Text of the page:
Welcome to The Goleta Grapevine, Independent.com‘s new online column focusing on the Good Land that is Goleta. Written every week by former city councilwoman Margaret Connell – who was also Goleta’s first mayor – the column will be a mix of political discussion, social commentary, and colorful slices of Good Land life. Here is her first, about the City of Goleta’s general plan amendments. Tune in every Thursday morning for more, or just bookmark Independent.com/goleta today.
Big changes are afoot in the City of Goleta and it is time for residents to pay attention and get involved. A year ago, the previous city council – on which I served – adopted the city’s first General Plan. This document is like a constitution, creating founding principles for the future of our city, its housing, parks, environmental protection, roads, traffic, and so on.
A new council majority elected last November is now considering about 80 amendments to that plan that could significantly alter the future of Goleta and how it grows. The public is invited to discuss and give input on these changes at two identical workshops this coming Saturday, September 15. The first workshop will run from 9 a.m. to noon and the second from 12:15 to 3 p.m. in the Council Chambers at City Hall, 130 Cremona Drive, Suite B.
To understand what is being proposed, you need to wade through 21 pages of fine-print planning language. I will try here to do a little translation and interpretation of the changes. (For details, go here.).
Let’s start with an example. The current general plan states, “Approvals of all new development shall require adherence to high environmental standards.:” The proposed amendment would change this “shall” to “should.” Would this allow approvals of developments that do NOT adhere to high environmental standards? Would Goleta residents want approval of projects that do not adhere to high environmental standards?
Similarly, in a policy on maintenance of creeks as natural drainage systems, there are five instances of protections being made discretionary by a change of “shall” to “should.” Santa Barbara Channelkeeper, in a recent newsletter, cites 34 substantive policy amendments ‘that would dramatically weaken protections currently granted to our creeks, wetlands, and other environmentally sensitive areas.”
Overall, there are 20 or more instances of policy wording being changed from “shall” to “should” or “may”, thus making many of the existing protections discretionary rather than absolute.
Changing all these “shalls” to “should” is seen by some as making the plan more flexible. But others fear that such changes make it easier for a developer to argue for lesser protection standards. Developers would have the money and resources to hire experts and public relations firms and lawyers to plead their case. Community members, lacking such resources, would have to show up for every controversy, relying on volunteer efforts to get the word out.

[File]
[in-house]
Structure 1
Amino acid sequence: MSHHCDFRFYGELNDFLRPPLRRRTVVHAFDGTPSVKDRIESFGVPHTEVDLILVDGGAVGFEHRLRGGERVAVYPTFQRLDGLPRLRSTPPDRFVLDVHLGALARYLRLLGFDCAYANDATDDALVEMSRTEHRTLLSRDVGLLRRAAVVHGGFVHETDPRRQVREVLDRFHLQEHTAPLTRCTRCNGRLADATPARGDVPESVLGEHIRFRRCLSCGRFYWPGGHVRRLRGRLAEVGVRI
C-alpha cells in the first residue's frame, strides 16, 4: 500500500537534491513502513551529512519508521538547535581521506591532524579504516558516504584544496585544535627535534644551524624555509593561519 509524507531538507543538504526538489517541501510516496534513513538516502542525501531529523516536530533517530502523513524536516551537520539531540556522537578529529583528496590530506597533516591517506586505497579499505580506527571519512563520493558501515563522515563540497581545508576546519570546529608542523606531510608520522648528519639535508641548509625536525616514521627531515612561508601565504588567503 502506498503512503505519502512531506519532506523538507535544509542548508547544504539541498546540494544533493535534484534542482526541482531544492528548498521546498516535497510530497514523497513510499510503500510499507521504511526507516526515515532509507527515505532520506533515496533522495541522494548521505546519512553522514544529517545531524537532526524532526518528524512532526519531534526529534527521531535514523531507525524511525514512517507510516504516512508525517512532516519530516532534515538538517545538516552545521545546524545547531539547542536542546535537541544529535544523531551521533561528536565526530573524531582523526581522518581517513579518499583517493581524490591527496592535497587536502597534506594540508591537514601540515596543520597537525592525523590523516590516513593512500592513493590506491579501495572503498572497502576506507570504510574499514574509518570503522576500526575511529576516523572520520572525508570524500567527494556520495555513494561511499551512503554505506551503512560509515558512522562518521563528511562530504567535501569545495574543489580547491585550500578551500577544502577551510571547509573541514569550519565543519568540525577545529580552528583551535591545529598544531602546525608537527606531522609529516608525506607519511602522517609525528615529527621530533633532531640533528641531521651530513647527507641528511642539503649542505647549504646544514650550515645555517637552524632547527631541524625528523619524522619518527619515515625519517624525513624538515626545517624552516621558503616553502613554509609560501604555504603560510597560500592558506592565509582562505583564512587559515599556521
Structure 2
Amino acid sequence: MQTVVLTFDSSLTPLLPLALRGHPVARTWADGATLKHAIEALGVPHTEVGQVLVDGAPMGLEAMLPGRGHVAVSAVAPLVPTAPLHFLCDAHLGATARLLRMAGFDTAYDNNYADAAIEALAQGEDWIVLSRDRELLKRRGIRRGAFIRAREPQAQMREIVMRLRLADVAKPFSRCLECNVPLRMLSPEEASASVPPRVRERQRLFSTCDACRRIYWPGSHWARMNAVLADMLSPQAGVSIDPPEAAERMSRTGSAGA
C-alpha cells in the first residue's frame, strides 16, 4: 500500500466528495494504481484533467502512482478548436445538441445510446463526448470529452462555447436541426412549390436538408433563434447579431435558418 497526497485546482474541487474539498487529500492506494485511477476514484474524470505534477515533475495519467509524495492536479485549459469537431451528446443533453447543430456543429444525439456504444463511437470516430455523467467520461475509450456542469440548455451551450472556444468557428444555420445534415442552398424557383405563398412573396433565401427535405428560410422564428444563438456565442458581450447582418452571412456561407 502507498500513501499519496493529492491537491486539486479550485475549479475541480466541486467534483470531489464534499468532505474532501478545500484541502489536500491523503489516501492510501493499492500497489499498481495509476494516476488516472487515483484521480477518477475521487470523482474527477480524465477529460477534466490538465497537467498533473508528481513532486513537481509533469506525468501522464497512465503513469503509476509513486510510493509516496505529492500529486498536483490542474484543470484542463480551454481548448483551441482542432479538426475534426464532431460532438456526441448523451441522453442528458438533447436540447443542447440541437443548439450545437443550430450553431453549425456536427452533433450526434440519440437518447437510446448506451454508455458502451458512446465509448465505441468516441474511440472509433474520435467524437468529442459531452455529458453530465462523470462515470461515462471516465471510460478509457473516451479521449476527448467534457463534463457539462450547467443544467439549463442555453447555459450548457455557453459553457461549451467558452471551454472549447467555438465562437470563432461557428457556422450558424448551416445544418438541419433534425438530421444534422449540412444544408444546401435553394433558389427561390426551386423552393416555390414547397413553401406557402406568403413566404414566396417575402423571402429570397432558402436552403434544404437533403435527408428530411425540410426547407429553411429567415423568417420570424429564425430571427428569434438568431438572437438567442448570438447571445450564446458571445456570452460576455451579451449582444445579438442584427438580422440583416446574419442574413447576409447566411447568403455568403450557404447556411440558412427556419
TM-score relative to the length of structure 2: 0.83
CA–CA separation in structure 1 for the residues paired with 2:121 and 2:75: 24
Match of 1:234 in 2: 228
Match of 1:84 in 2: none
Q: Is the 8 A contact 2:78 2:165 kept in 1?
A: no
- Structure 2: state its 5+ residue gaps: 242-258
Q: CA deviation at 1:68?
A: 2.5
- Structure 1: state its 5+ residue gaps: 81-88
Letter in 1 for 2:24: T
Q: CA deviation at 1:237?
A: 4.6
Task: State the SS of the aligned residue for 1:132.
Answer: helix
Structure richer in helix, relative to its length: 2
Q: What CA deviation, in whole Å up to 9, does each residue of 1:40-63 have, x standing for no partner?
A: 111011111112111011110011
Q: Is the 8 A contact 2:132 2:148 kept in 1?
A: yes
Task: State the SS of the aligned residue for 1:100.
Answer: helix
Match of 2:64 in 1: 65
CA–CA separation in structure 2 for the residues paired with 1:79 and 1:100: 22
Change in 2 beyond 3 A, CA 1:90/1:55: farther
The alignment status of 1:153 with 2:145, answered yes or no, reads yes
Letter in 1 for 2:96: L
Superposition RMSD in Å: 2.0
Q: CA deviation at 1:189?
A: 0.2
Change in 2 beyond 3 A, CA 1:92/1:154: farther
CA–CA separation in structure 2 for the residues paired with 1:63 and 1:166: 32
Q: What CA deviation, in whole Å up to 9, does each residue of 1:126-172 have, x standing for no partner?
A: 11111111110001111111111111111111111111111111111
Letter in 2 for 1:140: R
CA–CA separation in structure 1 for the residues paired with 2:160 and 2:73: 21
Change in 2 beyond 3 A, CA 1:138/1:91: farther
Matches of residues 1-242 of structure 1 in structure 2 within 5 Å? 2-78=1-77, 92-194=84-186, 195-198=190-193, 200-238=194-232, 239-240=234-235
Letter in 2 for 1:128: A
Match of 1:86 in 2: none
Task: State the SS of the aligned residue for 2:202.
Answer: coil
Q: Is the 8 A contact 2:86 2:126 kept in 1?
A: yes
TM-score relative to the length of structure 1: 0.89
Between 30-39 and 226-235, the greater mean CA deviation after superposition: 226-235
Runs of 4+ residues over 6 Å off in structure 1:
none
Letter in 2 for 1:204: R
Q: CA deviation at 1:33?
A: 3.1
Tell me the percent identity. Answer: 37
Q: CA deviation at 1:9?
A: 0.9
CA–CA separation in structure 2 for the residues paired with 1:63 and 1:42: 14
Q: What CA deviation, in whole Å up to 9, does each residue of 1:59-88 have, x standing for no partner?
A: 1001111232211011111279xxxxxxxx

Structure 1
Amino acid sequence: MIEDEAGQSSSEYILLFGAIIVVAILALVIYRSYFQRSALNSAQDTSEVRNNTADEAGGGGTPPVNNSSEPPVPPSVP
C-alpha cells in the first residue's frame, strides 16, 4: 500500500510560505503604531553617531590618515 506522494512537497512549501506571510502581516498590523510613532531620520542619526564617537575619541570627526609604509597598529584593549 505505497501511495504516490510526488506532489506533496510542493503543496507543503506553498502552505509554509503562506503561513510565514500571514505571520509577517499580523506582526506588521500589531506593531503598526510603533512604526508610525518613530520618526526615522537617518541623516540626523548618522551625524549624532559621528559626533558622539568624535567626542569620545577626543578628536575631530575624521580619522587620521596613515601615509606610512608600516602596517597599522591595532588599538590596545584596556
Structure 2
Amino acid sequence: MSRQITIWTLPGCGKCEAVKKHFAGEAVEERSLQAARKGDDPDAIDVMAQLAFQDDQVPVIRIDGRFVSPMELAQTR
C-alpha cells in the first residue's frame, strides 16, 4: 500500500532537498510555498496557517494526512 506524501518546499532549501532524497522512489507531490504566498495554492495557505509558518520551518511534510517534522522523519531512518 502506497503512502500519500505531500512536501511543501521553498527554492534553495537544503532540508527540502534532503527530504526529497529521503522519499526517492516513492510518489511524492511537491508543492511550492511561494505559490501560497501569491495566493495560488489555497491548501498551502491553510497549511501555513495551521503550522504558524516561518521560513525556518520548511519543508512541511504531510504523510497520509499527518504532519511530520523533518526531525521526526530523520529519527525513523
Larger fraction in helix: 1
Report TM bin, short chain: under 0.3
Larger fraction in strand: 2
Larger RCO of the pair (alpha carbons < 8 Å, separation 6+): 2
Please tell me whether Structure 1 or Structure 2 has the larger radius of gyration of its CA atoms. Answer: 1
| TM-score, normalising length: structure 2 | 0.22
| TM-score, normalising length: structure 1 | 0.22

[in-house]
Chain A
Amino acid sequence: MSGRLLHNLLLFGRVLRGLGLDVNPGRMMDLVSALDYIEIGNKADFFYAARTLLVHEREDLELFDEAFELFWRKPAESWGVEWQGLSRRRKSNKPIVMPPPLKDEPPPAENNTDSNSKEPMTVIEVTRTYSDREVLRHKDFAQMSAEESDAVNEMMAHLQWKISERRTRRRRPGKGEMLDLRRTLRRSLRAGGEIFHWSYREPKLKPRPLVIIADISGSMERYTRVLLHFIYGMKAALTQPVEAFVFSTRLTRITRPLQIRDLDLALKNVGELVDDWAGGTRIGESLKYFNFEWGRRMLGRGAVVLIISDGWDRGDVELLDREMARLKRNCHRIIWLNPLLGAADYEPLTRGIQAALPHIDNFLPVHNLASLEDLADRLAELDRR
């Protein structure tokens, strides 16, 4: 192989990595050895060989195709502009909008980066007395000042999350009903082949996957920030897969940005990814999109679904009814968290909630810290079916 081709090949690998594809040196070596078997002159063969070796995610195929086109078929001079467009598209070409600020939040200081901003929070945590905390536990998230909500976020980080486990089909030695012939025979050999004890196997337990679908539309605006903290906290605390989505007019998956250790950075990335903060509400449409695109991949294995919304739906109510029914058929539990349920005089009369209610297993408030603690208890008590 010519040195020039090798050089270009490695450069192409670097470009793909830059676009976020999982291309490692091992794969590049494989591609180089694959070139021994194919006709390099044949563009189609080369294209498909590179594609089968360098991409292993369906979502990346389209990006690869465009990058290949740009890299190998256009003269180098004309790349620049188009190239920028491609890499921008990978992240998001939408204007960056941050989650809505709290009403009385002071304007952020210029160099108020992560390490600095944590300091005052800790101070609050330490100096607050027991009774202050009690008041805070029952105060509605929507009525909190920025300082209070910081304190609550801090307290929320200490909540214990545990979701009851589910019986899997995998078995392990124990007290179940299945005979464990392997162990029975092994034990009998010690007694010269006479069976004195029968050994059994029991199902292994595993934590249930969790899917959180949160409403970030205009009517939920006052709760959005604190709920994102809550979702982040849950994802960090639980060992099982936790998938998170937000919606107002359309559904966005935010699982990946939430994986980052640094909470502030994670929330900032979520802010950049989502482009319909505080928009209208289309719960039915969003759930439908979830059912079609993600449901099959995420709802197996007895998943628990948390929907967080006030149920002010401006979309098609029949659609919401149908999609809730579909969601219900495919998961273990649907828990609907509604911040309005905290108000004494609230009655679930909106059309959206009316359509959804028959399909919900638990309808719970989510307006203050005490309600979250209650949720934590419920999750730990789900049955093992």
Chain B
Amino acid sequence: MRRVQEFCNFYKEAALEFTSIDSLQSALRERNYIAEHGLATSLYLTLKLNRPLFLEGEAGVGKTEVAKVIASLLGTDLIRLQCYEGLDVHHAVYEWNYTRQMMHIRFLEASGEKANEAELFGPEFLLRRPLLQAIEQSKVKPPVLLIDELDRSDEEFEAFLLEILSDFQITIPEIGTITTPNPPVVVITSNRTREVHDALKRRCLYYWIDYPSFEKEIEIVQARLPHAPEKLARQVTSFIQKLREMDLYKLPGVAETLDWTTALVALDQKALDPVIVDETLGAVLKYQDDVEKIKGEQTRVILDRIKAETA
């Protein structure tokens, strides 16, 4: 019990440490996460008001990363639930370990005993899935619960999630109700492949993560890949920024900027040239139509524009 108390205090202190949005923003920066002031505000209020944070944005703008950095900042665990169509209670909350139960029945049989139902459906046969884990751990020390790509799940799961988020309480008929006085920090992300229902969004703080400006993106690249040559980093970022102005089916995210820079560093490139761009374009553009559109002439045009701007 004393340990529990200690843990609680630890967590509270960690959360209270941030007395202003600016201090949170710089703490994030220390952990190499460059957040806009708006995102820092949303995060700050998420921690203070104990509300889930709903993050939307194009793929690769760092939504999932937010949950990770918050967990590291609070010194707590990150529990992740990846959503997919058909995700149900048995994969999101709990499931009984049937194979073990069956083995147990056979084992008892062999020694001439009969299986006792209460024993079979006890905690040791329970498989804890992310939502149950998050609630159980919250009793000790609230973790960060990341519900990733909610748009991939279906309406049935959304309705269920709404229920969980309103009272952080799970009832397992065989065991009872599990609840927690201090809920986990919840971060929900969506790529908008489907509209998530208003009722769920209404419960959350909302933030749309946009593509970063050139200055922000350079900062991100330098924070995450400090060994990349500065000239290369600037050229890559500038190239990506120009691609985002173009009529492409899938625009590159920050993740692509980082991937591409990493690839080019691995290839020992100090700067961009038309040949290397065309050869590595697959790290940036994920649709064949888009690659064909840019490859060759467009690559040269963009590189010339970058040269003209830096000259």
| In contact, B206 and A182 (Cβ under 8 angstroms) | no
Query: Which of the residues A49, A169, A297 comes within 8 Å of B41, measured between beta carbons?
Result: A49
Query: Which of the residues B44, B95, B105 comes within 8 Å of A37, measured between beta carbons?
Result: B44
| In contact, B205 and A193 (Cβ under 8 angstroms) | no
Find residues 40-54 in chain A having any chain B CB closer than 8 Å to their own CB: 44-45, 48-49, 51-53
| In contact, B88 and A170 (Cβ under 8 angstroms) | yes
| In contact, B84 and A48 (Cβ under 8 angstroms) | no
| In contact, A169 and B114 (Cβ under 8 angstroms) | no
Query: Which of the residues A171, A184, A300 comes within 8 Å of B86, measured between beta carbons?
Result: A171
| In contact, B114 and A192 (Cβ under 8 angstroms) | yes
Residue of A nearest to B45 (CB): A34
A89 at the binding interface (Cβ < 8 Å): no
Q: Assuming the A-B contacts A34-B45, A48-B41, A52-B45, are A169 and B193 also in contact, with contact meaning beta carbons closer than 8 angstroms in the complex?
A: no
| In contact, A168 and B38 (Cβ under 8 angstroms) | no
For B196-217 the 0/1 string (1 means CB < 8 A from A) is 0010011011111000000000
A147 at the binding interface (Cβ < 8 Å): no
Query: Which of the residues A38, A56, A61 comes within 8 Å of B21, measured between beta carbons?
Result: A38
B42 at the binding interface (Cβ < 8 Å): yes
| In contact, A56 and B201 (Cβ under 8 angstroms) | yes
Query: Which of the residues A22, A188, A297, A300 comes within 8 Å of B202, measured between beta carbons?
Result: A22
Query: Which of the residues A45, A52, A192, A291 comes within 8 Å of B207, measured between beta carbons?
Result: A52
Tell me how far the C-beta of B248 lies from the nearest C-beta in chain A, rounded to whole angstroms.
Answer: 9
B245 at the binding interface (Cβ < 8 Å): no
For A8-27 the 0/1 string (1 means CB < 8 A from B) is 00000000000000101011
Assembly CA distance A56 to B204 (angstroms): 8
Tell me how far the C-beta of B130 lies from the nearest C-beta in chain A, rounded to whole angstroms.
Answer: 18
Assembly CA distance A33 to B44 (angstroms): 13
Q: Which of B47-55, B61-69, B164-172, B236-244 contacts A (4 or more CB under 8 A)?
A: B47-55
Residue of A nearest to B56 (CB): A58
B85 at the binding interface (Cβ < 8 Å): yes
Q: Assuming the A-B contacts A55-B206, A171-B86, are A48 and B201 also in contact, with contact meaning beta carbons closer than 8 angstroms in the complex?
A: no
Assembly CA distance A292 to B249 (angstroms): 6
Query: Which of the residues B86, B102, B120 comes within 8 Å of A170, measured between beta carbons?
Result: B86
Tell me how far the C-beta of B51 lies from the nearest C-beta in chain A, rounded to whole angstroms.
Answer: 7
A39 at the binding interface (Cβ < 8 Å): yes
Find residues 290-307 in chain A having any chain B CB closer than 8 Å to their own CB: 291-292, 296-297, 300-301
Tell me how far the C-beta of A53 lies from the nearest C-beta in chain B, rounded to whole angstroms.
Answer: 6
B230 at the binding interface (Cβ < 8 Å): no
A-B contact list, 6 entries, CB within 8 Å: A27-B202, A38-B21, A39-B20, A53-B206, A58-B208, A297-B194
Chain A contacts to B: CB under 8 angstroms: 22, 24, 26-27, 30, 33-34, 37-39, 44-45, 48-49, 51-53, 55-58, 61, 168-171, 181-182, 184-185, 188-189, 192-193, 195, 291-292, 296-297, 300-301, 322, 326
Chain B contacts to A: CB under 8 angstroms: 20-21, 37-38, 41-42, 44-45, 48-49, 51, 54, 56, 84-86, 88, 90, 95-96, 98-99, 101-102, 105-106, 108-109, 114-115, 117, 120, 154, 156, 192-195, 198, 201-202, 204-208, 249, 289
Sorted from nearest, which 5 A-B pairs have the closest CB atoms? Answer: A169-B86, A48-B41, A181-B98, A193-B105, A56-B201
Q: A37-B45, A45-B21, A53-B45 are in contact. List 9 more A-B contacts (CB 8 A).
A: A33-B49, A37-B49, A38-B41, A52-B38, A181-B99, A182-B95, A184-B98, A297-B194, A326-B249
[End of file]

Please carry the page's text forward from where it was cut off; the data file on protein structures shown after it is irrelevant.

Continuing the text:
Additional changes propose studies of General Plan setbacks from Monarch butterfly roosts, raptor nests, creeks, and wetlands, which could lead to reduced protections for these areas. There are also proposed changes of “shall” to “should” regarding preservation of ocean and mountain views, compatibility of new development with existing neighborhoods, and requirements to mitigate interior and exterior noise levels in residential areas.
Other proposed changes would permit big box regional shopping centers anywhere in the city. Traffic policy changes could allow the addition of lanes and widening of intersections without regard to pedestrian and bicycle traffic.
There is concern that 33 of the 77 policies now before the council were initiated by the Bacara Resort and Spa. Among them are changes to allow time-share units and hotel condominiums, to limit beach parking access to sunrise to sunset instead of over 24 hours as it is now, allow relocation of beach access routes, and remove permit requirements for some private beach events. Many of the Bacara proposals are clearly designed to facilitate specific projects that the resort has underway.
It is clear that most of the proposed changes are intended to facilitate development. It is disturbing to see outside developers apparently driving what should be a community process.
Some claim that the new “flexibility” would remove road blocks and beneficially speed up the application process. Others believe that the lack of clearly defined standards may actually slow things down, leaving projects mired in endless hearings, challenges, and appeals.
It has been said that many of these proposals are intended to settle the numerous business and developer-initiated lawsuits against the General Plan. But one may question whether settling lawsuits is worth making concessions that may be contrary to the best interests of the community.
Councilmembers are facing an unprecedented number of possible changes to the General Plan. I urge Goleta residents to attend these upcoming workshops to speak out on these proposals and let the council hear the community’s vision for the future of Goleta.
This Saturday’s workshops are not the end of the process. There are follow-up workshops listed below, and later in the year there will be Planning Commission and City Council hearings. It is time-consuming, but it is important that people stay engaged for the long haul.
Goleta General Plan Workshops
At the Council Chambers, 130 Cremona Drive, Suite B Goleta
*Saturday, September 15: 9am-noon and 12:15-3pm (this is a repeat of the morning session.)
*Thursday, September 27: 6-8:30pm
*Wednesday, October 17: 6-8:30pm
Special Workshop on the Housing Element Amendments with Lynn Jacobs, State Director of Housing and Community Development
At the Council Chambers, 130 Cremona Drive, Suite B Goleta
*Friday,. October 5: 9 am-3pm
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